Nick Russell photographer | writer | science lover | travelernick at nhvzr dot net

Photographic Process

My photographic approach combines large format film, cutting-edge digital tools, and alternative printing processes like platinum/palladium and uranium to create unique and often haunting images of science and technology.

Despite over a decade of professional experience with Photoshop, my heart still lies in the darkroom. The high resolution of large format negatives combined with the intoxicating tonal range provided by some alternative processes allows a visual experience that can’t be replicated with digital-only techniques. Though the fundamentals of these “alternative” printing techniques are now nearly two centuries old, they remain an incredibly powerful visual tool. Unlike more mechanized digital or silver gelatin approaches, no two prints are alike: each is made with custom-mixed chemistry and hand-coated on the paper with brushes that leave unique distinguishing marks.

Working with a view camera is an excruciating joy. While I might take upwards of 5,000 digital photos on a trip, properly editing that sort of volume is a slog. View camera shooting is time consuming and exacting, but the results speak for themselves: the care put into each shot by necessity, and the image controls afforded by the camera’s movements, make it infinitely more likely to capture a scene right the first time.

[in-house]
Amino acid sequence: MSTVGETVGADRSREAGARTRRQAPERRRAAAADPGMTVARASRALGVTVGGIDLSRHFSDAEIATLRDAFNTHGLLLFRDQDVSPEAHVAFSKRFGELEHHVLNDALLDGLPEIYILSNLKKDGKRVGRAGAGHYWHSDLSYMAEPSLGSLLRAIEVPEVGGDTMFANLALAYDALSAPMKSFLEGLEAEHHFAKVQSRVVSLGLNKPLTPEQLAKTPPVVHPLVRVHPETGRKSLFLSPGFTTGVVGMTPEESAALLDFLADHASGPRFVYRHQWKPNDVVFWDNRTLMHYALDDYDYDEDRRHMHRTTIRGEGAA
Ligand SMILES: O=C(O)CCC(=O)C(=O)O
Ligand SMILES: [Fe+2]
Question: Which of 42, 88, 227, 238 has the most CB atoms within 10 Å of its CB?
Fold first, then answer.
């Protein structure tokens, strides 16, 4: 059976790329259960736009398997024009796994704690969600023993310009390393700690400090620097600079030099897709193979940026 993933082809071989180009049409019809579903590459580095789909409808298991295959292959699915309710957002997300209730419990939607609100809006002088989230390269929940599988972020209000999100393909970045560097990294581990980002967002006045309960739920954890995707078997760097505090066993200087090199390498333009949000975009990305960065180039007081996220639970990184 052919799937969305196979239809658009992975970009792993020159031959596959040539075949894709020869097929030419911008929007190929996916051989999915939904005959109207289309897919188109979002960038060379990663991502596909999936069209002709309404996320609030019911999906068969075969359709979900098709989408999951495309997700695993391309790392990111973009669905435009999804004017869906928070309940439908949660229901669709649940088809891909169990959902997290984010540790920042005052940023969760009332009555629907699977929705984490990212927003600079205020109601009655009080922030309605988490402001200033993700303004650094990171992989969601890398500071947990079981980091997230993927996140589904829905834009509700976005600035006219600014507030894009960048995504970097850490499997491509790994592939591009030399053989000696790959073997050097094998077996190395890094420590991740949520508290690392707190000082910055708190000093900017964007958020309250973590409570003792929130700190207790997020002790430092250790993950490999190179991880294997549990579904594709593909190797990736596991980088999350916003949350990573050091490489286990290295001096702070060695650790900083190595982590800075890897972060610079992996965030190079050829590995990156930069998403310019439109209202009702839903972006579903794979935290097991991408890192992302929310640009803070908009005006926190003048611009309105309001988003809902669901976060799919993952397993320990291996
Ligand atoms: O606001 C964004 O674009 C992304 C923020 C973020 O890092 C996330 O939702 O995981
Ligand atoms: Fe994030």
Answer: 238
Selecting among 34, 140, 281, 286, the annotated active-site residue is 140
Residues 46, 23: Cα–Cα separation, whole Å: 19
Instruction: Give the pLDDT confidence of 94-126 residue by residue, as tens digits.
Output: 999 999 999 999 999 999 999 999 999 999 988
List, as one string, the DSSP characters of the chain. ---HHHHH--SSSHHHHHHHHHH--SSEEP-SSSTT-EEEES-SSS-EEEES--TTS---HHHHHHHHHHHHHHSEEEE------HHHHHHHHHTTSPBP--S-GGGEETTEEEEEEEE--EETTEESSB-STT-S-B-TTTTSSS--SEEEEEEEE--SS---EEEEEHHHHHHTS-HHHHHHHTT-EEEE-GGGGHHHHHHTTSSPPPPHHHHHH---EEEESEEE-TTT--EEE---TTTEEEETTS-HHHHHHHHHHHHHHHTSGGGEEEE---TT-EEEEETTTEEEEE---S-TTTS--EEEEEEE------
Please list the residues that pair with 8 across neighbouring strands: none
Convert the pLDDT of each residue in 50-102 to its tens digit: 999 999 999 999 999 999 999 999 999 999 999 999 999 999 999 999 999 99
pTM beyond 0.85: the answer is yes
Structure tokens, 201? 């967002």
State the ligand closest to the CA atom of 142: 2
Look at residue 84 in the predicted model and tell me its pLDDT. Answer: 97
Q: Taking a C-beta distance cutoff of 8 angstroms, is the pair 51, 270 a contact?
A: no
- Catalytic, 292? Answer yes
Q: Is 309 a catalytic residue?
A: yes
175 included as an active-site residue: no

Of course, some view cameras are easier to use than others. When Charles and I started working with an 11×14 Wisner Technical Field (thanks to the kindness of the George Mason University Art Department), our 5×7 Korona suddenly started feeling like a point-and-shoot. While it’s possible to run through 15-20 good exposures an hour with the 5×7, we’ve found that a pace of two sheets of film an hour with the 11×14 means we’re likely moving fast enough that we’re making mistakes.

My professional photography and photo editing experience includes work with the National Geographic Society, the Smithsonian Magazine, the Jane Goodall Institute and Wesleyan University. My principal commercial photography hosting site can be found here, though you won’t find many alternative process prints there – those, you have to see in person.

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